There were two reasons I wanted to visit the Galapagos Islands. Firstly, the wildlife, of course, because of regular readers of this blog will know I’m kinda obsessed with seeing wildlife IN THE WILD. But secondly because apart from a day trip to Tijuana, which is basically like an Arndale Centre on the Mexican border, I had never been to South America before. So I couldn’t wait to travel to Ecuador.
My Galapagos Islands adventure began in Quito, which is so high above sea level (2,850m) they actually TELL you to eat the locally produced chocolate to stave off altitude sickness. I didn’t actually suffer from altitude sickness at all but I still ate the chocolate, obvs.
I had a good wander round the Old Town during the day (at night you’re warned not to go out on your own but by day it seemed perfectly safe to me), and I loved it. Many of the buildings are starting to crumble, but with their pastel colours (mostly pink) they’re rather beautiful.
And the inside of the cathedral – the Basilica del Voto Nancional is well worth a look.
(This lady is wearing a traditional Ecuadorian Panama hat).
The trip to the Galapagos Islands to join my Silversea cruise began the next day, with an internal flight to Baltra and the the first of many zodiac boat rides to our beautiful ship, Silver Explorer, which was small but perfectly formed.
One of my favourite things about food on board was the yucca bread rolls, which I ordered every morning for breakfast with avocado and eggs. Yucca bread has nothing to do with the houseplant, which is confusing, and these little balls of cheesy heaven ensured I was ready for the day’s activities, which were actually pretty strenuous.
Basically cruising in the Galapagos Islands is all about donning a life jacket, taking a zodiac boat to the shore and then exploring, which often involves hiking (one of my favourite activities), and nearly always involves getting wet (fortunately the water was warm). I absolutely loved the rhythm of adventure cruising. With only 100 guests on board, you all have something in common – the desire to see as much as possible – and although I was travelling by myself I made friends quickly.
On our very first morning, just as we set foot on the white sandy beach at Darwin Bay, we were greeted by this ADORABLE baby sea lion, playing with a bright orange crab.
More sea lions…
And apart from the sea lions, there were birds everywhere. Boobies, frigate birds as big as pterodactyls, Darwin’s finches (of course). And yes the guano is everywhere too, but you don’t even notice it, because you’re just looking at the birds.
The best thing is that the Galapagos islands are completely unspoiled and the wildlife is totally unphased by humans, so you can still get a sense of how Darwin must have felt when he arrived at the islands over 200 years ago, and you can just watch and marvel at their natural behaviour and interaction. You’re warned not to get too close, but sometimes it’s practically impossible to avoid the basking sea lions, because they’re everywhere.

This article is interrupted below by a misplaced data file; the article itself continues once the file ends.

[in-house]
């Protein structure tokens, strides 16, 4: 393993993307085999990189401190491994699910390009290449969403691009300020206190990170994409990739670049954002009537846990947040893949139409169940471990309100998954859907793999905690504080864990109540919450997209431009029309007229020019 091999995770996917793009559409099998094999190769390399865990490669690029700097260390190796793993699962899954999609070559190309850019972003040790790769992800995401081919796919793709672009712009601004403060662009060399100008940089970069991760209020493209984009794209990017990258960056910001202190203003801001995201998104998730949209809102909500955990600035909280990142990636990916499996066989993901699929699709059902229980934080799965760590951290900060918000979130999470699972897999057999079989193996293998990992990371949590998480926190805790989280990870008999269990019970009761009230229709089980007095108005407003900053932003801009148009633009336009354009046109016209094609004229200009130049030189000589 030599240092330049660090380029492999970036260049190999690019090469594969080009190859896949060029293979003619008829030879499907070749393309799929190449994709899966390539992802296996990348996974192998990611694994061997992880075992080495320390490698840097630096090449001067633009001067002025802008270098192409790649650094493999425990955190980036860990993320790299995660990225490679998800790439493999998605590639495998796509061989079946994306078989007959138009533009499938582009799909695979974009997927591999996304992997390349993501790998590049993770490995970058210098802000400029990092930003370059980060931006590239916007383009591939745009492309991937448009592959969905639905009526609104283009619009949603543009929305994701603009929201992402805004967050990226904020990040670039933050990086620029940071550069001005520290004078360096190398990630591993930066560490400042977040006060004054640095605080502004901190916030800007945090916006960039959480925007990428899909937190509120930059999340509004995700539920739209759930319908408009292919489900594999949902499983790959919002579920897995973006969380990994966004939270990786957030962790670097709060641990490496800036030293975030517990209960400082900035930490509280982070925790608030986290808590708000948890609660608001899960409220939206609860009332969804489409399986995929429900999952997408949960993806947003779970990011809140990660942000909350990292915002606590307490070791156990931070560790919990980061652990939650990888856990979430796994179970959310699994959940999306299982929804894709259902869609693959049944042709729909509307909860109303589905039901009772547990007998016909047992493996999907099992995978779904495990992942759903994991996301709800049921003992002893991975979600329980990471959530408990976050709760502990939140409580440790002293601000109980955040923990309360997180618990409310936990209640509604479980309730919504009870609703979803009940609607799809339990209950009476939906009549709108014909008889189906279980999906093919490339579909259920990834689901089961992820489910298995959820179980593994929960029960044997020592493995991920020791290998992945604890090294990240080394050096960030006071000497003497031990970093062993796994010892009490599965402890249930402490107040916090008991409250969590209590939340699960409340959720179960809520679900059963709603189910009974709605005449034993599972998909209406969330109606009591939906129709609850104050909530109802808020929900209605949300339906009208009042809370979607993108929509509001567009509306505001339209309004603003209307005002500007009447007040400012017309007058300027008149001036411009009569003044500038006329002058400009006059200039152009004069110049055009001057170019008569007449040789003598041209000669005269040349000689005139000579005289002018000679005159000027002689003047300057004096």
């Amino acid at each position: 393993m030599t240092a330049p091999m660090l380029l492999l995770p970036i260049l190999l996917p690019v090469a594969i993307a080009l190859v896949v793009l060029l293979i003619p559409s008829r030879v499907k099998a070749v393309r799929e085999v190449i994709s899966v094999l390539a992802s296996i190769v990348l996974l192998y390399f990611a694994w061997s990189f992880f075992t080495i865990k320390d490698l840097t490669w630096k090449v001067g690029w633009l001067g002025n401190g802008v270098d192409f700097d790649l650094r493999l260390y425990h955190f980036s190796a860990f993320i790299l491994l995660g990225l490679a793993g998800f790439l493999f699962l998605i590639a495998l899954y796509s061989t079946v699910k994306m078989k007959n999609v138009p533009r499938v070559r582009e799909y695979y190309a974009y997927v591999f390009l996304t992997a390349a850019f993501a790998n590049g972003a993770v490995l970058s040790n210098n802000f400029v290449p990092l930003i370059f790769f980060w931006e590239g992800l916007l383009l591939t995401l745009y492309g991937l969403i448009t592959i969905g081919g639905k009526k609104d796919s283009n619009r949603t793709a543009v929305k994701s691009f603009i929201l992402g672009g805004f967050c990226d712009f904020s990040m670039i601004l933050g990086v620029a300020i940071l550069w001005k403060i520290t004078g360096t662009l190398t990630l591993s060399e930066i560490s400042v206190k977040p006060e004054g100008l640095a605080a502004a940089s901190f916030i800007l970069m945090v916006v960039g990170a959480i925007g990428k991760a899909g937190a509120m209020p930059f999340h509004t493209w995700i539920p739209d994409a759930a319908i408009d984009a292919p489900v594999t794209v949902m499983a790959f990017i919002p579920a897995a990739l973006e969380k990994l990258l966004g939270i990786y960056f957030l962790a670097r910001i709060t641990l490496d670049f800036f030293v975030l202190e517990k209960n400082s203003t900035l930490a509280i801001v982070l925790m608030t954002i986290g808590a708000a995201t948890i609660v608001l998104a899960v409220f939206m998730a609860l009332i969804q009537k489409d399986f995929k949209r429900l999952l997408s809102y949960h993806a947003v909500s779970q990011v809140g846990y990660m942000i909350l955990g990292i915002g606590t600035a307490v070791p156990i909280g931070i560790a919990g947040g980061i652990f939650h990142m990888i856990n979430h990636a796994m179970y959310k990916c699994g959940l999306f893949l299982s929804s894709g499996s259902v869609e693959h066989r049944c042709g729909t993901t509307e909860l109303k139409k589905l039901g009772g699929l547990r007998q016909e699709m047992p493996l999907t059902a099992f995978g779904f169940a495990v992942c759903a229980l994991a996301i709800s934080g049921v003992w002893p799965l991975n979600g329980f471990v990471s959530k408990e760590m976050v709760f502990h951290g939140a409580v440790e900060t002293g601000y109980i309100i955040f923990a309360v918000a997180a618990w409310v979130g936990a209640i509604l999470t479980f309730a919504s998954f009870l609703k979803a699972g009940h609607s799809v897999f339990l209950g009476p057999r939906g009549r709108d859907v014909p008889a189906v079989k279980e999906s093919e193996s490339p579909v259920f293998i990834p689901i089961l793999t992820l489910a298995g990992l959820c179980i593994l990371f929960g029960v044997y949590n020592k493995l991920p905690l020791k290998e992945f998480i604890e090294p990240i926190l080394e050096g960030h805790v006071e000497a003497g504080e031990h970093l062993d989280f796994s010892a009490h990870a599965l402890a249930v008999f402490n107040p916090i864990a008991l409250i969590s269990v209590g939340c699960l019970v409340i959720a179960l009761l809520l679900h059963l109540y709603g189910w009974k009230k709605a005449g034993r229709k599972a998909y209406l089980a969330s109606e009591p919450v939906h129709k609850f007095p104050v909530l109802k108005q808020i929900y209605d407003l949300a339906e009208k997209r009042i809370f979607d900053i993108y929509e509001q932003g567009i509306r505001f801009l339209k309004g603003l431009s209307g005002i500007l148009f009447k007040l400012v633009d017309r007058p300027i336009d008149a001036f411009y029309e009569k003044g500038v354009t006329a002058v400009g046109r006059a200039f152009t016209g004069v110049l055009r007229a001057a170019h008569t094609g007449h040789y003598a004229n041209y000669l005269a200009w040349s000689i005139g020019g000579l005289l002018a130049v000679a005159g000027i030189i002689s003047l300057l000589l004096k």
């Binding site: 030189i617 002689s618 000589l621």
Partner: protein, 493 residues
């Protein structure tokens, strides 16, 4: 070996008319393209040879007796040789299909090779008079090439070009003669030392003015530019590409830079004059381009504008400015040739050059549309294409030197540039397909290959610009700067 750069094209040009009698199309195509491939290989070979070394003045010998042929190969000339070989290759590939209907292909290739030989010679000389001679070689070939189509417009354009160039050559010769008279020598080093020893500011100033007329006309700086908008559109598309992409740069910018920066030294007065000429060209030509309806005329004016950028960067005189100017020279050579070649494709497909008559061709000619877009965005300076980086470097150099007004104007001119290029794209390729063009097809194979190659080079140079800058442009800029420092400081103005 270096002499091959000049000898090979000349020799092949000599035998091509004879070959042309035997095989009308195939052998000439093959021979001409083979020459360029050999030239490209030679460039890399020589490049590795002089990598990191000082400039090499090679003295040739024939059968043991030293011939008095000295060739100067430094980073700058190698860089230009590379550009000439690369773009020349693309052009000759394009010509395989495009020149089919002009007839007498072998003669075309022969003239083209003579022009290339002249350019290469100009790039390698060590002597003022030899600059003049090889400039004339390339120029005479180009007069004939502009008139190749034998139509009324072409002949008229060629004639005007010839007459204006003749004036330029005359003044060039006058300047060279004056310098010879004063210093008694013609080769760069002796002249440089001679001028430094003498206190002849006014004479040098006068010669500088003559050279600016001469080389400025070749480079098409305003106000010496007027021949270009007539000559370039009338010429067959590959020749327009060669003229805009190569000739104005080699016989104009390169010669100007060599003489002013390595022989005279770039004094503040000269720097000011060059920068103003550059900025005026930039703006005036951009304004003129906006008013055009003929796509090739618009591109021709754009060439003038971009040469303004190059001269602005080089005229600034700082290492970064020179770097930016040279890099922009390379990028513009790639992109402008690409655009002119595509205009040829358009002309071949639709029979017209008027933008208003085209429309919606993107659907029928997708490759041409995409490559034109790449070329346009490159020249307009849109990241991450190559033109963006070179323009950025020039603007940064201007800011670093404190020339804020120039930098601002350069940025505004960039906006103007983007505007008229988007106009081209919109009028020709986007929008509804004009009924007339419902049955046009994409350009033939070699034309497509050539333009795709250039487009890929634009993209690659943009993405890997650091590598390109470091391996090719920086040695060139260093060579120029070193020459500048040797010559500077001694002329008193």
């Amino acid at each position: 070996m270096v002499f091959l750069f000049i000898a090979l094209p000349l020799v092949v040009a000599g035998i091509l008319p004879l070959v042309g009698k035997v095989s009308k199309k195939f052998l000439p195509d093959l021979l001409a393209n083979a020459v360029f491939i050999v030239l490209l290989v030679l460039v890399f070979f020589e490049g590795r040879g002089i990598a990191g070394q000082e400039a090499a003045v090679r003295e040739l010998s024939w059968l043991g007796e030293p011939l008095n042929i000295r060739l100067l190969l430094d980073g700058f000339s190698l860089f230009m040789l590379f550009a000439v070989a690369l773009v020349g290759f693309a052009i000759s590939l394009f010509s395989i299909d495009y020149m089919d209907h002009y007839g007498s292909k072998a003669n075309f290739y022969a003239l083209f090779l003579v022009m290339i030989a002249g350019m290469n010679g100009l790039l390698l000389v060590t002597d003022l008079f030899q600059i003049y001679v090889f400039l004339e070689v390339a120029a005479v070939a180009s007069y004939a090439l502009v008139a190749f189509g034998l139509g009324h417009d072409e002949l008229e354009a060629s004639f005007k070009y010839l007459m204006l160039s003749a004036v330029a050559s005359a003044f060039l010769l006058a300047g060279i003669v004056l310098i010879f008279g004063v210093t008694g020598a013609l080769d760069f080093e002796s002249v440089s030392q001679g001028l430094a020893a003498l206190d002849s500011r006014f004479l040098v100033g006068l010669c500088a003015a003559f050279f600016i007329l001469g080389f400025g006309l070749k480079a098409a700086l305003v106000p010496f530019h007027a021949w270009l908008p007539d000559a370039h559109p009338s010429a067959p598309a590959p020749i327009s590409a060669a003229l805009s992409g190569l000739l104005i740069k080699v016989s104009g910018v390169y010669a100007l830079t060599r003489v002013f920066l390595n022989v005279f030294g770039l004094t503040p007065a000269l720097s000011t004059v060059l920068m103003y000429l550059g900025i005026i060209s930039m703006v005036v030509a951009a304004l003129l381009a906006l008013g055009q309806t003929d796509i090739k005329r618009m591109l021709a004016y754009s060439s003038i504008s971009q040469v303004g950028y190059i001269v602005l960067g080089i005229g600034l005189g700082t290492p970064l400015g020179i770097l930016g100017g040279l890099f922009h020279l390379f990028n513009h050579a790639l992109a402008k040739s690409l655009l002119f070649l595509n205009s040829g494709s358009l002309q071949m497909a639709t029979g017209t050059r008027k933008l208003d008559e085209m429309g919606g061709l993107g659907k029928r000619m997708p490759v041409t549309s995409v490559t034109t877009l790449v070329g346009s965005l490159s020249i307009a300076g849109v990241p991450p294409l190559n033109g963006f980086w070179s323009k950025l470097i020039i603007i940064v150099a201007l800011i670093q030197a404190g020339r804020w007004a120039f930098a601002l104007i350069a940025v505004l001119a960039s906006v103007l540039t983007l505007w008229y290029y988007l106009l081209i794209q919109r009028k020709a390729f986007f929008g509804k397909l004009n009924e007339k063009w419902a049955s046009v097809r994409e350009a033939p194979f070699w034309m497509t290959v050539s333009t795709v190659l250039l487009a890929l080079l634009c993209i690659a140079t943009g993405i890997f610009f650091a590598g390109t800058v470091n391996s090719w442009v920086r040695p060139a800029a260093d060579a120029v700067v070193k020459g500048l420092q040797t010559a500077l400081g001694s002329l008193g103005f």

And you see EVERYTHING, it’s like being in a never ending wildlife documentary: playfighting/mating, birth, little black iguana corpses (that was sad actually. They die from starvation – food can often be in short supply).
I particularly loved the land iguanas.
All the islands are spectacular, and offer something different – not just different species (though we saw everything from sharks to albatross, even owls (we needed binoculars to see them, but they were there). The landscape is incredibly divers e- from dramatic cliffs and red sand beaches to cacti-covered lava rock.
Some of the beaches were absolutely idyllic, and you could see turtles swimming and even snorkel and dive with the sea lions. Sometimes you had so many magical experiences in one day it was hard to get your head round everything that had happened.
We also went to visit the famed Galapagos tortoise (everything in the Galapagos Islands is called Galapagos something or other). They are magnificent giant tortoise, some over 100 years old, with wise expressions. What really intrigued me was discovering that reptiles have absolutely no family bond – they hang around together for survival but they don’t have any connection to each other. Cold-blooded indeed, but still fascinating.
I also loved watching the sea lions, swimming, playing, snuggling, lying on park benches as though they’d had too much to drink the night before.
They are fascinating, gorgeous, endearing creatures and it breaks my heart to think of them being kept in captivity and trained to do demeaning tricks, when really they belong in the wild like this.
The Galapagos Islands are considered a bucket list adventure, and they are, and I’m incredibly privileged to have had the chance to visit them. Thank you to Silversea for giving me this opportunity.